Currently in Turkey, Hammoud had a ‘humanitarian visa’ for himself, his wife and children denied despite receiving multiple threats in Syria and Turkey. He is still trying to get an explanation for the rejection of his application. Full article here.

Human Rights Observers/Utopia 56 have released a video showing police violence in Calais on 22/23 August 2022. The video, containing graphic violence, shows the CRS manhandling a group of individuals to a CCTV blindspot. One was hospitalised. Such violence is abhorrently commonplace at the France-UK border.

Following the European Court of Human Rights’ ruling. that no individuals should be forcibly removed to Rwanda until domestic courts have arbitrated over the policy’s legality, no flights have yet taken off. Asylyum Aid have specifically opposed the blanket assessment that Rwanda is a ‘safe’ country, which allows the government to sidestep making case-by-case decisions about deportation, as it considers Rwanda suitable for international protection. Read more here.

However, a recent investigation by Iain Overton for The Byline Times suggests that Rwanda’s stifled press prevents transparency and accountability for the UK’s asylum scheme-partnership. Overton writes that:

“Such concerns were reflected in the European Parliament’s decision to adopt two resolutions in February and October 2021, condemning Rwanda’s broader human rights record. Despite this, the British Home Office is adamant that the nation is “safe and secure”.

Just how safe and secure, though, is not easy to establish when journalists are under threat.”

Indeed, his investigation has revealed the persistent suppression of independent domestic journalism in Rwanda: ‘Dissent, in Rwanda, it seems, is simply not tolerated.’

It is really worth reading Overton’s article in full:


“This blogpost shows that Frontex is playing an increasingly important role in the processing and exchange of personal data in the Area of Freedom Security and Justice. The blurring of boundaries between law enforcement and migration purposes further enhanced this information-related role of Frontex. As this role is a de jure and de facto reality, appropriate data protection provisions and supervision are of key importance.” — Sarah Tas in Verfassungblog.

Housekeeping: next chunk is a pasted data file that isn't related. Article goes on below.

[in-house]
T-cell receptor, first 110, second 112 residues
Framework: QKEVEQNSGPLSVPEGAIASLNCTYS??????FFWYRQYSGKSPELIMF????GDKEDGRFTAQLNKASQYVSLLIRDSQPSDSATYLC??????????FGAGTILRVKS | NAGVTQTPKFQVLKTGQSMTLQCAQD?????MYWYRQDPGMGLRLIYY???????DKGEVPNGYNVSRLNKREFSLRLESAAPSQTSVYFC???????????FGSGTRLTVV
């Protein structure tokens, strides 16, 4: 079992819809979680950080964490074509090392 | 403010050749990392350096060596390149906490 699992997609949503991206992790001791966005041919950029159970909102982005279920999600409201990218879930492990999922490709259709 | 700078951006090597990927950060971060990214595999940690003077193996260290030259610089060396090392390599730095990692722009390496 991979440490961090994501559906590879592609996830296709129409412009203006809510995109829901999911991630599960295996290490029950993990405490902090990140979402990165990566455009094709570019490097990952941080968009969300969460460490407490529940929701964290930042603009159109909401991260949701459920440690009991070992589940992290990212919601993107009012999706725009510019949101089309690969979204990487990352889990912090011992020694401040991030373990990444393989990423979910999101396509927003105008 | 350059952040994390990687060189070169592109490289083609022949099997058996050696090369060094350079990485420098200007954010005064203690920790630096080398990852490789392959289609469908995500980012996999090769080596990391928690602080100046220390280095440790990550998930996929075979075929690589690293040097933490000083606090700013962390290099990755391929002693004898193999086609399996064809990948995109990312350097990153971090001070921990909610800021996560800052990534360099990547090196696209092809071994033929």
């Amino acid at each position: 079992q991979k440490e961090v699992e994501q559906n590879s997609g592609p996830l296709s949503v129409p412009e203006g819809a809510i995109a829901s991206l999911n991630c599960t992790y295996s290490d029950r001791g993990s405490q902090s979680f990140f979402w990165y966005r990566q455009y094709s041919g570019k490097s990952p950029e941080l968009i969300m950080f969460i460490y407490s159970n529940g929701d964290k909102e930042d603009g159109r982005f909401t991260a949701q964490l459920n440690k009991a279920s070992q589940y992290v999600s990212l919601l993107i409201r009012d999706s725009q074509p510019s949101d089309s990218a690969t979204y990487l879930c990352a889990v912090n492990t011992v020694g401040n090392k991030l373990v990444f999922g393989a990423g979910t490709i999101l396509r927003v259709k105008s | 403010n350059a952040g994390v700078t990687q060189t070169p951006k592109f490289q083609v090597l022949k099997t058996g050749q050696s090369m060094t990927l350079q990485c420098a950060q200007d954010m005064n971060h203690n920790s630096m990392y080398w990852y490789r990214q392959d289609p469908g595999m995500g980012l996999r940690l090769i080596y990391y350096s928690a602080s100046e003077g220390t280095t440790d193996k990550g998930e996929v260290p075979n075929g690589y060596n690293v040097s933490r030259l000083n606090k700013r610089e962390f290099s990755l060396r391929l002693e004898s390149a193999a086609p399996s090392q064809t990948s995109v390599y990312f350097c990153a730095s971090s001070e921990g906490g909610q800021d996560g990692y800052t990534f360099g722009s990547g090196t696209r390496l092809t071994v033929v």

Read her piece in detail:

And another piece on (lack of) public access to documents:

Hajer Ayachi (mother): “It should be a shame to accuse mothers and sisters of missing migrants … of being responsible for their deaths. We have been fighting against governments since 2011 to show that it is migration policies that endanger the lives of our sons, not us.”

Read the full thread on Maurice Stierl’s twitter for responses from a number of mothers.

Trace the face is a platform/database allowing for the permanent documentation of family search requests for missing lived ones.

In 2021, there were 16,500 people registered, searching for 25,600 missing persons. The Red Cross’ website has been raising awareness for the long-term familial impacts and trauma of such disappearances. More here.


  • ‘Dismantling Schengen — half a year at a time’ — An Investigation into semi-permanent internal border controls instituted in several EU member states that circumvent the Schengen Agreement on free movement. This allows the economic benefits of Schengen — worth an estimated €25.5 billion to the European economy annually — to remain, whilst internally policing borders in anti-migration efforts that won’t harm the economy.
Credit: Investigate Europe

Read in full here:

See also:

‘National border controls: illegal, dangerous — and deadly: 7 years of madness at the European internal borders’

  • ‘Waiting for what? Hope and endurance in situations of uncertainty for asylum-seekers in Greece’ — Research article by Margarita Lipatova in the European Journal of Social Work.

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Are You Syrious?

News digests from the field, mainly for volunteers and people on the move, but also for journalists, decision makers and other parties.